KENYA AIRWAYS LIMITED
EPHRAIM MUSARURWA (2) LETICIA MWANAKAOMA
SUPREME COURT OF ZIMBABWE
GWAUNZA JA, GOWORA JA & PATEL JA
HARARE, 17 OCTOBER 2014
I. Chagonda, for the appellant
T. Marume and J. Mafongoya, for the respondents
[Original judgment delivered ex tempore on 17 October 2014]
PATEL JA: This is an appeal against a judgment of the Labour Court, handed down on 28 June 2013, which upheld an award made by the arbitrator, reinstating the first respondent to his former position as Station Manager and ordering that the second respondent be paid 3 months’ salary in lieu of notice.
The respondents were employed on 5 year fixed term contracts of employment as Station Manager and Sales/Marketing Agent respectively. Their contracts were due to expire on 30 September 2011. On 28 September 2011, both respondents received letters to the effect that their contracts were expiring and would not be renewed. On 1 October 2011, another employee of the appellant, one Itayi Chinyerere-Mafuva was appointed as Acting Station Manger to take over the first respondent’s duties. The second respondent had found alternative employment.
The matter went for conciliation and eventually to arbitration on the ground that the respondents had been unfairly dismissed. The arbitrator found in favour of the respondents and made an award in the terms indicated above. Aggrieved by the award, the appellant noted an appeal to the Labour Court, which appeal was dismissed.
The grounds of appeal herein are essentially twofold. As regards the first respondent, the appellant argues that he was not unfairly dismissed because the appellant did not engage an outsider to take up his position. As regards the second respondent, the appellant contends that she was not entitled to 3 months’ notice because her fixed term contract had expired by effluxion of time.
As regards the first respondent, s 12B(3) of the Labour Act [Chapter 28:01] requires two elements to be satisfied by an employee alleging unfair dismissal: firstly, that he had a legitimate expectation to be reengaged upon the expiry of his fixed term contract and, secondly, that another person was engaged in his stead. The question of legitimate expectation did not form part of the grounds of appeal and therefore does not constitute an issue before us.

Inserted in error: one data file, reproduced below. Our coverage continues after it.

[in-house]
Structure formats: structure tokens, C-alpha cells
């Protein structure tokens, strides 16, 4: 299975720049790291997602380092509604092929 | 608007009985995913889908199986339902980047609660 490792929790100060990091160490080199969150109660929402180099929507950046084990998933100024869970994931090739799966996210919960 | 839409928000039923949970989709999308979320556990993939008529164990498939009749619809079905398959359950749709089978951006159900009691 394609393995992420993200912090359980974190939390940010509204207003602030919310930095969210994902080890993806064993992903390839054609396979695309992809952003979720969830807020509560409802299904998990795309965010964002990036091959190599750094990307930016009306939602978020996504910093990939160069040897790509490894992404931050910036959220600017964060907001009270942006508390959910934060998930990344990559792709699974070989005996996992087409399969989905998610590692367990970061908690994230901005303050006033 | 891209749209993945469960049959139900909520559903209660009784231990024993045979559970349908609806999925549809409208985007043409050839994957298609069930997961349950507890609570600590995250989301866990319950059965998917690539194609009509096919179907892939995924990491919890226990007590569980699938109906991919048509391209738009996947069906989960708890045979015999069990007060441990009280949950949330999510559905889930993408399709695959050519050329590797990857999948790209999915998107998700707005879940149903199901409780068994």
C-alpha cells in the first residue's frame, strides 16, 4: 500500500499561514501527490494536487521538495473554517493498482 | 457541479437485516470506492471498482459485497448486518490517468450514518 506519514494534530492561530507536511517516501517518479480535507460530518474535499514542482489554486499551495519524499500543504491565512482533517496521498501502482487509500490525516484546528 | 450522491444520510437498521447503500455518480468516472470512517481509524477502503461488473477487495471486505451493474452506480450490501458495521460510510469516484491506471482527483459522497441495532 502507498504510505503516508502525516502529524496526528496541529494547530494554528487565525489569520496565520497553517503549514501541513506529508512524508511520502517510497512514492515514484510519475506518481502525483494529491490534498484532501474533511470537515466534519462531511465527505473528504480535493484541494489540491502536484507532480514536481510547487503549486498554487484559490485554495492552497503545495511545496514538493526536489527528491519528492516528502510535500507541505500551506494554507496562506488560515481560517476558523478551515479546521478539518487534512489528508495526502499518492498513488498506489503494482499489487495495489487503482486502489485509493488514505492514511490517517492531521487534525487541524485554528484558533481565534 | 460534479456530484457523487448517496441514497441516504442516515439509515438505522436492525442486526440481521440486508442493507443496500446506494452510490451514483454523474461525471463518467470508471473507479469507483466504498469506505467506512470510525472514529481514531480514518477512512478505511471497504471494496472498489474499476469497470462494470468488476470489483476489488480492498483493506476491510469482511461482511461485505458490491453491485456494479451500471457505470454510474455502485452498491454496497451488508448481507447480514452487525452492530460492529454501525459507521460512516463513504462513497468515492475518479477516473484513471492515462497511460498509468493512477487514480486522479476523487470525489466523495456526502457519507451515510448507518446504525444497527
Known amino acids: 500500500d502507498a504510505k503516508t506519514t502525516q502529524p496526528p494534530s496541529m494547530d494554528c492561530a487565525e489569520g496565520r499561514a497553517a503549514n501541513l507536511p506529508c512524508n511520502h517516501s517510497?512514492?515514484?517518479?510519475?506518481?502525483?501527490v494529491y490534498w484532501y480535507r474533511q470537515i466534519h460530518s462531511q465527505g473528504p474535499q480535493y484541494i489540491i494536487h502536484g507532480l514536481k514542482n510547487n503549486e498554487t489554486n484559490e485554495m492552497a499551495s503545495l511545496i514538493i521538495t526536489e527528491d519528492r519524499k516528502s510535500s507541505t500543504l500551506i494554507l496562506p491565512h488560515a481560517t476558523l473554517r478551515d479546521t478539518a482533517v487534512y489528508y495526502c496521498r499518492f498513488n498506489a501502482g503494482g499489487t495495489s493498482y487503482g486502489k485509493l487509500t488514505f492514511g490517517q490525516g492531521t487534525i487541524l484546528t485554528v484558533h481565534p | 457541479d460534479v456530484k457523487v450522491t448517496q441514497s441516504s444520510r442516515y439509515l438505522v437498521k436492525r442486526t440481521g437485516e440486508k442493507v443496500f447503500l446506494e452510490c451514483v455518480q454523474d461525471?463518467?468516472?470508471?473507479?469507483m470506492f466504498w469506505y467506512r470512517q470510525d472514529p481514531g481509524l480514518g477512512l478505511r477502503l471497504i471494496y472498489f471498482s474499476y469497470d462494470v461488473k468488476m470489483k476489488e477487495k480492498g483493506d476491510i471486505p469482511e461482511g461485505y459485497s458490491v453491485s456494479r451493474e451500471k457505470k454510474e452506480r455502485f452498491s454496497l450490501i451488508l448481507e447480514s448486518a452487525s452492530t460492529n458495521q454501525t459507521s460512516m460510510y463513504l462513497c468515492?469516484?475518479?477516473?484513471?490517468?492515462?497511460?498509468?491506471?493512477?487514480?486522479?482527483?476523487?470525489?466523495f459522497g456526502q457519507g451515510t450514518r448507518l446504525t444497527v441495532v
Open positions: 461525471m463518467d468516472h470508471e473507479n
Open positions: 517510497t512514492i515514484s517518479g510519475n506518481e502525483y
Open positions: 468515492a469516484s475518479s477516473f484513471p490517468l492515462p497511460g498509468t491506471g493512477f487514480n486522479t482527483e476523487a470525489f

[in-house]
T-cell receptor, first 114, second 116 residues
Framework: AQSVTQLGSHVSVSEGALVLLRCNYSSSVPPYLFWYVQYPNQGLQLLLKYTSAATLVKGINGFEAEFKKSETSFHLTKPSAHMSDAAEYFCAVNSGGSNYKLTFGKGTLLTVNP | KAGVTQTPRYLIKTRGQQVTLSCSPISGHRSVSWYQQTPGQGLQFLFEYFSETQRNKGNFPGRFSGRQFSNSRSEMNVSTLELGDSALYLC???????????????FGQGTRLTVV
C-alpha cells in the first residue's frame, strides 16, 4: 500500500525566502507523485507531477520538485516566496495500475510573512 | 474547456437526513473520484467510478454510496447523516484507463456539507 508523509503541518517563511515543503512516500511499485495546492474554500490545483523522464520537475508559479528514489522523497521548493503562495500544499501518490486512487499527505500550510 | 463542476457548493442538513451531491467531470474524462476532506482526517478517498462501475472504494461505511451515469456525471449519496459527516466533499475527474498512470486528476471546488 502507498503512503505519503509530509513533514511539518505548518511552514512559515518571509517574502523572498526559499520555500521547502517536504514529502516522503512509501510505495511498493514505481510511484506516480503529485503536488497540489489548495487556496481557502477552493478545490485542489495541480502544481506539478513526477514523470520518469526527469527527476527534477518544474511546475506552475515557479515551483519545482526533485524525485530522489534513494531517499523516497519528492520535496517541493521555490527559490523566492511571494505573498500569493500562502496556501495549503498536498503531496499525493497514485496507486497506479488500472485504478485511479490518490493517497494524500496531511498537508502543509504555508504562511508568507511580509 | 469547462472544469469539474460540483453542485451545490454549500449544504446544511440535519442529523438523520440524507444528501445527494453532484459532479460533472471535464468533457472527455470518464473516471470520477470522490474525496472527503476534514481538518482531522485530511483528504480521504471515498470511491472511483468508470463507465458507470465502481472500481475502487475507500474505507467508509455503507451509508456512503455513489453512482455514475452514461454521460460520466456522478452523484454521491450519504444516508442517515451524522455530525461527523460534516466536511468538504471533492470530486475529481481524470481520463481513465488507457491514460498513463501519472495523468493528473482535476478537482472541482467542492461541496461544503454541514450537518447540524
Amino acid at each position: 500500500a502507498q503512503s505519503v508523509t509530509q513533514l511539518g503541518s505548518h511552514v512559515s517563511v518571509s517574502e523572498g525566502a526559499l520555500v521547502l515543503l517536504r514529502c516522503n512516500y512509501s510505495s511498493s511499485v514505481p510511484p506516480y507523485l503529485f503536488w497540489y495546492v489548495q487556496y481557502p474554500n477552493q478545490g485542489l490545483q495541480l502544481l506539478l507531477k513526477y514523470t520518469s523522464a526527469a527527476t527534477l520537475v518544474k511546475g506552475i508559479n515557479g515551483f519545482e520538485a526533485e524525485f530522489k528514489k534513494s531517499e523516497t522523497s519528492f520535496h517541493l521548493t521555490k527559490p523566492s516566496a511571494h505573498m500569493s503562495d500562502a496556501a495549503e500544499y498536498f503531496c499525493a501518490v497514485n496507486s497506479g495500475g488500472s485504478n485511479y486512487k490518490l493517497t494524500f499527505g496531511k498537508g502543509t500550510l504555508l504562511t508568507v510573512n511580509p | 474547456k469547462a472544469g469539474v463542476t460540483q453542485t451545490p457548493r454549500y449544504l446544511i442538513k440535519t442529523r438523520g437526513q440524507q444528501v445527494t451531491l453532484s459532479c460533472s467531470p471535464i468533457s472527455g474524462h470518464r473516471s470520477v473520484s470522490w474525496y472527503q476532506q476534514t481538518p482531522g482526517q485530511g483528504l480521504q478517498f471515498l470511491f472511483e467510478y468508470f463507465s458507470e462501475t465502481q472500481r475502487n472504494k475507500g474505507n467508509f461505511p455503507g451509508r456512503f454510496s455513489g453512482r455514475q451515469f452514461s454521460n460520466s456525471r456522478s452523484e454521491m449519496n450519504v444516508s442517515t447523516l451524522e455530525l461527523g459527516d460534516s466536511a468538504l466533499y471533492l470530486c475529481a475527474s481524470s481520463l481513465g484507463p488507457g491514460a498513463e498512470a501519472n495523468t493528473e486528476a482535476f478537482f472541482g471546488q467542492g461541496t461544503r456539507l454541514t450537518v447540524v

As for the second requirement, it is abundantly clear on the facts before us that another person was engaged to take over the first respondent’s functions as Station Manager. The appellant does not dispute that the post was still functional and there is nothing in the papers to indicate that the post was ever abolished. The objective behind s 12B(3) is to ensure that an employee is not discharged and replaced by another simply because his fixed term contract has expired. The provision does not require that that the person engaged be someone who is engaged from outside the employer’s establishment. We therefore find that the court a quo correctly upheld the arbitrator’s award in this regard.
Turning to the second respondent, Mr. Marume has conceded, quite properly in our view, that s 12B(4) of the Labour Act does not apply to a fixed term contract of employment that comes to an end by the effluxion of time. The three months’ notice requirement stipulated by the provision would only apply to any termination of employment that occurs during the subsistence of a contract of indefinite duration or a fixed term contract of 2 years or more. Consequently, we find that the arbitrator erred on this count and that the court a quo misdirected itself in upholding the arbitrator’s award in that respect.
In the result, the appeal partially succeeds. It is accordingly ordered as follows:
The order of the Labour Court is upheld in respect of the first respondent and set aside in respect of the second respondent.
The order of the Labour Court is substituted with the following:
“(i) The appeal is partially allowed with no order as to costs.
(ii) The appellant is ordered to reinstate the first respondent on the same terms and conditions that applied before his contract of employment was terminated.
(iii) If reinstatement is no longer feasible, the appellant shall pay the first respondent damages in lieu of reinstatement in such amount as may be agreed by the parties, failing which either party may apply to the arbitrator for quantification of damages.
(iv) The appellant is ordered to pay the second respondent cash in lieu of the leave days that accrued to her.”
Each party shall bear its own costs in respect of this appeal.
GWAUNZA JA: I agree.
GOWORA JA: I agree.
Atherstone & Cook, appellant’s legal practitioners
Matsikidze & Mucheche, respondents’ legal practitioners